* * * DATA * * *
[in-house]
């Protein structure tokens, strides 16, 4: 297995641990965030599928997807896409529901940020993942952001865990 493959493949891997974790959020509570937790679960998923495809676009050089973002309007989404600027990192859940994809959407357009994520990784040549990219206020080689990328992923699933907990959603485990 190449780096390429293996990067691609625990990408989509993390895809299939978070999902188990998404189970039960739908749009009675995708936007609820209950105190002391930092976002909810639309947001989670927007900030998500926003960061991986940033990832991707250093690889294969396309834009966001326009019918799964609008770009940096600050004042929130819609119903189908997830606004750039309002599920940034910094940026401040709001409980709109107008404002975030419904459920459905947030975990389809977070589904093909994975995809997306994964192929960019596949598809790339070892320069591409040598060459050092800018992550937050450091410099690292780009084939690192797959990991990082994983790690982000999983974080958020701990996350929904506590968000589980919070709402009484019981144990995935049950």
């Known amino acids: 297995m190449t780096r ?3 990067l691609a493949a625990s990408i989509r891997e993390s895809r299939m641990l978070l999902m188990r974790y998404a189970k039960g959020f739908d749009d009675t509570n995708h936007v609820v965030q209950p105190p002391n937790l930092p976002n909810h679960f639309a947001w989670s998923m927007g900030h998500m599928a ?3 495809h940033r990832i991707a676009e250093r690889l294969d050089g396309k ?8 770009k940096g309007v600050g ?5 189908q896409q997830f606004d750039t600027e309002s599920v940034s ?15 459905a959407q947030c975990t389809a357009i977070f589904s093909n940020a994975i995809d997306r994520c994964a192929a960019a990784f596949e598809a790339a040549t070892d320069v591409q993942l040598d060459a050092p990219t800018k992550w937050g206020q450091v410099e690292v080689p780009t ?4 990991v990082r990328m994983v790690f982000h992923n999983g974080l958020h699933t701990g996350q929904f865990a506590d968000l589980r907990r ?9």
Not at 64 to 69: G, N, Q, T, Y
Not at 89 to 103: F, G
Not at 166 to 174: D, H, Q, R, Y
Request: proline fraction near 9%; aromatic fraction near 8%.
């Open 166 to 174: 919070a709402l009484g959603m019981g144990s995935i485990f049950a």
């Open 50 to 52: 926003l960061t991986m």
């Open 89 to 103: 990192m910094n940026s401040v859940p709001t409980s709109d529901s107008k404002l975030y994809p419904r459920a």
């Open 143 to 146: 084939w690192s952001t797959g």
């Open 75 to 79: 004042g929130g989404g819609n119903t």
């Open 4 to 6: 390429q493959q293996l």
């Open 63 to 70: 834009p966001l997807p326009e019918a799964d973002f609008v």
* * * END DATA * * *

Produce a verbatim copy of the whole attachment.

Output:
[in-house]
């Protein structure tokens, strides 16, 4: 297995641990965030599928997807896409529901940020993942952001865990 493959493949891997974790959020509570937790679960998923495809676009050089973002309007989404600027990192859940994809959407357009994520990784040549990219206020080689990328992923699933907990959603485990 190449780096390429293996990067691609625990990408989509993390895809299939978070999902188990998404189970039960739908749009009675995708936007609820209950105190002391930092976002909810639309947001989670927007900030998500926003960061991986940033990832991707250093690889294969396309834009966001326009019918799964609008770009940096600050004042929130819609119903189908997830606004750039309002599920940034910094940026401040709001409980709109107008404002975030419904459920459905947030975990389809977070589904093909994975995809997306994964192929960019596949598809790339070892320069591409040598060459050092800018992550937050450091410099690292780009084939690192797959990991990082994983790690982000999983974080958020701990996350929904506590968000589980919070709402009484019981144990995935049950």
């Known amino acids: 297995m190449t780096r ?3 990067l691609a493949a625990s990408i989509r891997e993390s895809r299939m641990l978070l999902m188990r974790y998404a189970k039960g959020f739908d749009d009675t509570n995708h936007v609820v965030q209950p105190p002391n937790l930092p976002n909810h679960f639309a947001w989670s998923m927007g900030h998500m599928a ?3 495809h940033r990832i991707a676009e250093r690889l294969d050089g396309k ?8 770009k940096g309007v600050g ?5 189908q896409q997830f606004d750039t600027e309002s599920v940034s ?15 459905a959407q947030c975990t389809a357009i977070f589904s093909n940020a994975i995809d997306r994520c994964a192929a960019a990784f596949e598809a790339a040549t070892d320069v591409q993942l040598d060459a050092p990219t800018k992550w937050g206020q450091v410099e690292v080689p780009t ?4 990991v990082r990328m994983v790690f982000h992923n999983g974080l958020h699933t701990g996350q929904f865990a506590d968000l589980r907990r ?9």
Not at 64 to 69: G, N, Q, T, Y
Not at 89 to 103: F, G
Not at 166 to 174: D, H, Q, R, Y
Request: proline fraction near 9%; aromatic fraction near 8%.
């Open 166 to 174: 919070a709402l009484g959603m019981g144990s995935i485990f049950a």
């Open 50 to 52: 926003l960061t991986m």
């Open 89 to 103: 990192m910094n940026s401040v859940p709001t409980s709109d529901s107008k404002l975030y994809p419904r459920a």
């Open 143 to 146: 084939w690192s952001t797959g």
């Open 75 to 79: 004042g929130g989404g819609n119903t």
């Open 4 to 6: 390429q493959q293996l």
């Open 63 to 70: 834009p966001l997807p326009e019918a799964d973002f609008v």